Graduate Students Develop Leadership Skills Through a Service Learning Course in Honduras

2.50
Hdl Handle:
http://hdl.handle.net/10755/201711
Type:
Presentation
Title:
Graduate Students Develop Leadership Skills Through a Service Learning Course in Honduras
Abstract:
(41st Biennial Convention) Purpose: Many professional organizations support experiences promoting cultural expertise through formal educational experiences.  The National League for Nursing present one excellence initiative as  “The curriculum provides experiential cultural learning activities enhancing students’ abilities to think critically, reflect thoughtfully, and provide culturally-sensitive, evidence-based nursing care to diverse populations” (2010). The Sigma Theta Tau International Society states “The vision is to create a global community of nurses who lead in using knowledge, scholarship, service and learning to improve the health of the world’s people” (2010). Methods: Service-learning, considered a valuable academic pedagogy in a wide range of disciplines, is relatively new to nursing education.  Nursing students benefit from participating in service learning experiences with diverse and underserved populations, where they can observe firsthand the health care issues facing those who live in poverty (Hunt, 2007).  A recent trip to rural Honduras where 44% of the people live on less than $2.00/day and the majority of the children come from single parent abusive homes served as the source for an eye opening experience for a group of graduate nursing students enrolled in a recent global health course. Reflective journaling coupled with photo journaling recorded a wealth of moving experiences for these students.  Results: The implications to competent leadership is realized when student nurses are exposed to the paradigm shifting experience a service learning project such as this course can provide. Most people think more deeply about something after they have experienced an affective reaction to it (Eyler & Giles, 1999). The root of altruism and emotional intelligence lies in empathy, or the ability to read emotions in others and develop a sense of another’s need or despair (Goleman, 1995). Conclusion: Service-learning creates an intense, eye-opening experience that is often the first opportunity students have to work with individuals different from themselves (Hunt, 2007).
Keywords:
service learning; servant leadership
Repository Posting Date:
11-Jan-2012
Date of Publication:
4-Jan-2012
Sponsors:
Sigma Theta Tau International

Full metadata record

DC FieldValue Language
dc.typePresentationen_GB
dc.titleGraduate Students Develop Leadership Skills Through a Service Learning Course in Hondurasen_GB
dc.identifier.urihttp://hdl.handle.net/10755/201711-
dc.description.abstract(41st Biennial Convention) Purpose: Many professional organizations support experiences promoting cultural expertise through formal educational experiences.  The National League for Nursing present one excellence initiative as  “The curriculum provides experiential cultural learning activities enhancing students’ abilities to think critically, reflect thoughtfully, and provide culturally-sensitive, evidence-based nursing care to diverse populations” (2010). The Sigma Theta Tau International Society states “The vision is to create a global community of nurses who lead in using knowledge, scholarship, service and learning to improve the health of the world’s people” (2010). Methods: Service-learning, considered a valuable academic pedagogy in a wide range of disciplines, is relatively new to nursing education.  Nursing students benefit from participating in service learning experiences with diverse and underserved populations, where they can observe firsthand the health care issues facing those who live in poverty (Hunt, 2007).  A recent trip to rural Honduras where 44% of the people live on less than $2.00/day and the majority of the children come from single parent abusive homes served as the source for an eye opening experience for a group of graduate nursing students enrolled in a recent global health course. Reflective journaling coupled with photo journaling recorded a wealth of moving experiences for these students.  Results: The implications to competent leadership is realized when student nurses are exposed to the paradigm shifting experience a service learning project such as this course can provide. Most people think more deeply about something after they have experienced an affective reaction to it (Eyler & Giles, 1999). The root of altruism and emotional intelligence lies in empathy, or the ability to read emotions in others and develop a sense of another’s need or despair (Goleman, 1995). Conclusion: Service-learning creates an intense, eye-opening experience that is often the first opportunity students have to work with individuals different from themselves (Hunt, 2007).en_GB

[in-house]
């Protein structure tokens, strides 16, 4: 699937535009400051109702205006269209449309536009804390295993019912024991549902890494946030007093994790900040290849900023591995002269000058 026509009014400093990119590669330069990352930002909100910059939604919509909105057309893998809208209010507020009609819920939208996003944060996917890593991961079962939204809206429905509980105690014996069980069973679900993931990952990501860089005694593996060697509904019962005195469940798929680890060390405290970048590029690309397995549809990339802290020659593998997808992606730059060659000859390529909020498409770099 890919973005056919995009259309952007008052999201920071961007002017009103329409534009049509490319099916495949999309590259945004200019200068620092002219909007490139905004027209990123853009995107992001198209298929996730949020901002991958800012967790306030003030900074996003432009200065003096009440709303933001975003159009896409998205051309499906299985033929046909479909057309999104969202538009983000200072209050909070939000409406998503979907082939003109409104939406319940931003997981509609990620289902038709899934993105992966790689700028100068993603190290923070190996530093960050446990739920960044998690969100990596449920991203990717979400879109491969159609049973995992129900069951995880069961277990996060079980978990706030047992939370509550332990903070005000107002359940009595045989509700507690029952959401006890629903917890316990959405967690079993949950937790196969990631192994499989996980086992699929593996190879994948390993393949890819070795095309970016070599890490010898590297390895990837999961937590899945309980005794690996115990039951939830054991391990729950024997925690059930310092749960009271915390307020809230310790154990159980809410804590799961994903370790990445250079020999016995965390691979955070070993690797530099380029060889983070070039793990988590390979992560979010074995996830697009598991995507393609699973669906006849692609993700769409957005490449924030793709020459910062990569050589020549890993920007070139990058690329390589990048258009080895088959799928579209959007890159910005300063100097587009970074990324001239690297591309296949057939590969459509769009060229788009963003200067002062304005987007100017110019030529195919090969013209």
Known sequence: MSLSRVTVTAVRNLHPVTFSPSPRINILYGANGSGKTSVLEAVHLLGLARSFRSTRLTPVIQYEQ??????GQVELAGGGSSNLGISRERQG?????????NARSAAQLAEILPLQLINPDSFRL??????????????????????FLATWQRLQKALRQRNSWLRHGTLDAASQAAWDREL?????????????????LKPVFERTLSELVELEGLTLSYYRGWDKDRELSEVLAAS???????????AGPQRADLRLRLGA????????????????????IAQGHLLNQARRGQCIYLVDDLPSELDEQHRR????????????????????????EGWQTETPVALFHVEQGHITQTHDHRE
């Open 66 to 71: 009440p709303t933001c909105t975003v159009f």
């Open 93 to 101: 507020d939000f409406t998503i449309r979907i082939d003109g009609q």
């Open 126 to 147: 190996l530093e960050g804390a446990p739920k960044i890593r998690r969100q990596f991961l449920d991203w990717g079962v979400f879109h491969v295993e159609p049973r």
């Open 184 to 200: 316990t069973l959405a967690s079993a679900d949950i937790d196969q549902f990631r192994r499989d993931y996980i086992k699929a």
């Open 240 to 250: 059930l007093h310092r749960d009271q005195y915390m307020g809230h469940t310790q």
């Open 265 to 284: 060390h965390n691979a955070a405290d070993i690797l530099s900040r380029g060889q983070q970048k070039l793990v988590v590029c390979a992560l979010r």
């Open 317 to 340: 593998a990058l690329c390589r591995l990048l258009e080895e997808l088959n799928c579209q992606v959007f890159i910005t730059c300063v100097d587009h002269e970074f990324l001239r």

dc.subjectservice learningen_GB
dc.subjectservant leadershipen_GB
dc.date.available2012-01-11T10:48:41Z-
dc.date.issued2012-01-04en_GB
dc.date.accessioned2012-01-11T10:48:41Z-
dc.description.sponsorshipSigma Theta Tau Internationalen_GB
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